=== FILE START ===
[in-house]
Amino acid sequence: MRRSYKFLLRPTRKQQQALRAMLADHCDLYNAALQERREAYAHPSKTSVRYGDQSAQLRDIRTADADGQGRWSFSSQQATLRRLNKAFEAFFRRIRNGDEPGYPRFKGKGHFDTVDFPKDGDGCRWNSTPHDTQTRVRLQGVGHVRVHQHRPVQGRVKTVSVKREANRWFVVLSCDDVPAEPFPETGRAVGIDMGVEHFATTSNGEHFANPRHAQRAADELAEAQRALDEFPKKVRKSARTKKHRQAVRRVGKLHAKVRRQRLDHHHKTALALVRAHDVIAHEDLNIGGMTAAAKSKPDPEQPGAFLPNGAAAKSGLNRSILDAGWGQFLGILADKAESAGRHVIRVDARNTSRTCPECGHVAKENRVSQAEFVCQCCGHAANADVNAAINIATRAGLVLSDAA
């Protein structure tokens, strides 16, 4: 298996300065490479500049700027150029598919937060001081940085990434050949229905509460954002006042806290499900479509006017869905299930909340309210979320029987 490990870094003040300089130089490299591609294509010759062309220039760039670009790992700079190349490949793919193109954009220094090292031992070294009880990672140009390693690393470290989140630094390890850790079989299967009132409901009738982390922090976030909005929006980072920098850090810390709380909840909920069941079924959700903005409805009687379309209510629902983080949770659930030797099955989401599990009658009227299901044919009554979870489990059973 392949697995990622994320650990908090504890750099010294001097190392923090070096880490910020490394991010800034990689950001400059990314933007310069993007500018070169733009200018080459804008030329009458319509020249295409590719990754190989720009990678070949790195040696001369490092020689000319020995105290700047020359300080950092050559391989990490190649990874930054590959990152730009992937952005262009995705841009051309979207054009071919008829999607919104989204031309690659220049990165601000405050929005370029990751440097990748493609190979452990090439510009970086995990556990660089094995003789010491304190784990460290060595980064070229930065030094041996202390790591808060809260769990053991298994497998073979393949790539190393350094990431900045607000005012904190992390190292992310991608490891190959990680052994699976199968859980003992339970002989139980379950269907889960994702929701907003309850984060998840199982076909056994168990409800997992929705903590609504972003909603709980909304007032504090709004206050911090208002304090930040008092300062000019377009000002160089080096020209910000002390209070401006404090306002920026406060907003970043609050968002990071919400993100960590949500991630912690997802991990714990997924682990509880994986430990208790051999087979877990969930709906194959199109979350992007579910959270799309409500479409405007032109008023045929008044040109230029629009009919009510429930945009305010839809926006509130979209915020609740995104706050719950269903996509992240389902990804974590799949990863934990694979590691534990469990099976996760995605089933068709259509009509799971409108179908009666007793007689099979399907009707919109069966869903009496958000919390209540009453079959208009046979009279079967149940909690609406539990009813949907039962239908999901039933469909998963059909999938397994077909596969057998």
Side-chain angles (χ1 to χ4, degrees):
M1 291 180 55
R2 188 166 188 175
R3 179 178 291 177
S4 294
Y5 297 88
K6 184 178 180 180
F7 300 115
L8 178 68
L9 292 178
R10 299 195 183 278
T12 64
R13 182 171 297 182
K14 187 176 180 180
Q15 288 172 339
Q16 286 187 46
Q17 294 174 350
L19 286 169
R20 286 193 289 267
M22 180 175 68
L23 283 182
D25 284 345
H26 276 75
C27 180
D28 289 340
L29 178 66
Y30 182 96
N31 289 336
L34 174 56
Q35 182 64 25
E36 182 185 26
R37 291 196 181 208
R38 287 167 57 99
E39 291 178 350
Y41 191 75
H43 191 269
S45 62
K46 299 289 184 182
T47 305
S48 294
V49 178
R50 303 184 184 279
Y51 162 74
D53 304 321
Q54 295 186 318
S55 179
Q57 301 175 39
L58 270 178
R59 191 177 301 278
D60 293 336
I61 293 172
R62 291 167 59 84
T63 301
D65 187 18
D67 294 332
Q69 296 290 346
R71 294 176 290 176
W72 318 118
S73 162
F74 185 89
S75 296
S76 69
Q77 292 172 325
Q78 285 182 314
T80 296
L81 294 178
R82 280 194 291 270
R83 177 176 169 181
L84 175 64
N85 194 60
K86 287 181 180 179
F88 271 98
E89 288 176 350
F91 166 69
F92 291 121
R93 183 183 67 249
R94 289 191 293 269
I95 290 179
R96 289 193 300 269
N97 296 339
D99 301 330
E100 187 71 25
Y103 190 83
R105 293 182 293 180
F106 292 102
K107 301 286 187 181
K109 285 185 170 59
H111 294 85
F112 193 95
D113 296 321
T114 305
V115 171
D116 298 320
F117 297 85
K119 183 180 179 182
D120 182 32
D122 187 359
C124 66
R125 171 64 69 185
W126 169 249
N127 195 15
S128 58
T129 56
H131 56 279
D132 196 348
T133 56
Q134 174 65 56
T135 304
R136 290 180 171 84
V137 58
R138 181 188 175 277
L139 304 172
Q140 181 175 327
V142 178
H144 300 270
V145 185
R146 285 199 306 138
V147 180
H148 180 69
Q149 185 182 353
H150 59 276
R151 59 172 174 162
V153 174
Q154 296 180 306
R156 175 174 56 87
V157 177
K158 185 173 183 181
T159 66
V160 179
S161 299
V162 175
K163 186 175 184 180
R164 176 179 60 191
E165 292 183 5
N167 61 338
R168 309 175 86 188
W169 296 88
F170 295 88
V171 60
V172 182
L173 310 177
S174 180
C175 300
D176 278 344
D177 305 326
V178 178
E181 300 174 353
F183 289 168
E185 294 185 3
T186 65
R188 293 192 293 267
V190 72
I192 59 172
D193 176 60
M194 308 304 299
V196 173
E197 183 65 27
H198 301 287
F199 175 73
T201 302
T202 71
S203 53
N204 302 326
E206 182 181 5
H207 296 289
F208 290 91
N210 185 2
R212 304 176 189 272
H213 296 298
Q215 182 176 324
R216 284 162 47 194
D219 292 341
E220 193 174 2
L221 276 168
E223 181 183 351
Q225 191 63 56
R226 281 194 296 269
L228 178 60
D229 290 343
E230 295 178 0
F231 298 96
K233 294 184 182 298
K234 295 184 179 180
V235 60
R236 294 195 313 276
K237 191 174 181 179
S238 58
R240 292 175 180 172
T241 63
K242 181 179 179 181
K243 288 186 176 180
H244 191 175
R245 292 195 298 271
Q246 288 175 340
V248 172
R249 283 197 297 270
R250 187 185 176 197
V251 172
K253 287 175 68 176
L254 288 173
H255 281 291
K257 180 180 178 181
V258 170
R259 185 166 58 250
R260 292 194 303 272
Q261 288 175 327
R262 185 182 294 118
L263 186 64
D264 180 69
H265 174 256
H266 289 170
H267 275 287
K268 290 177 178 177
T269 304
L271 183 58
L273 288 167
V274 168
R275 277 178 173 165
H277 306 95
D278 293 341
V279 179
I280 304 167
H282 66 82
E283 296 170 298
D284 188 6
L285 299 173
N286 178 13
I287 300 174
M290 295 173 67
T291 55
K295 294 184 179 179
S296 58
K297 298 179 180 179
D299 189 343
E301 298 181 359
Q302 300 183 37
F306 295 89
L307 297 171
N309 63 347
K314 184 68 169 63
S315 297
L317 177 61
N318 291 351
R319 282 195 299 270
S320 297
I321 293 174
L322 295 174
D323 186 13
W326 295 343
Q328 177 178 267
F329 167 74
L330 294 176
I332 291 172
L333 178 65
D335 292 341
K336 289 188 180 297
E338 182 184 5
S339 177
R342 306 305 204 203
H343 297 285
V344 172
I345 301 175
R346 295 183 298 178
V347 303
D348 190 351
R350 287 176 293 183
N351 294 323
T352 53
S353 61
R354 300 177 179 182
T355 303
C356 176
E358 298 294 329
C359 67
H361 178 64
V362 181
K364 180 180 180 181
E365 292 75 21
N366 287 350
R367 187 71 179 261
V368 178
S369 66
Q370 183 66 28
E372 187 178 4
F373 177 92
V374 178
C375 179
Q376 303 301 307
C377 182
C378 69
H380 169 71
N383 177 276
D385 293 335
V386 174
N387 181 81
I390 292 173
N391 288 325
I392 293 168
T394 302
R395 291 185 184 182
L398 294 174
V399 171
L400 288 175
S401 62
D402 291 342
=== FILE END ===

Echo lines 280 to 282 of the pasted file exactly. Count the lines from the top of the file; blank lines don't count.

K364 180 180 180 181
E365 292 75 21
N366 287 350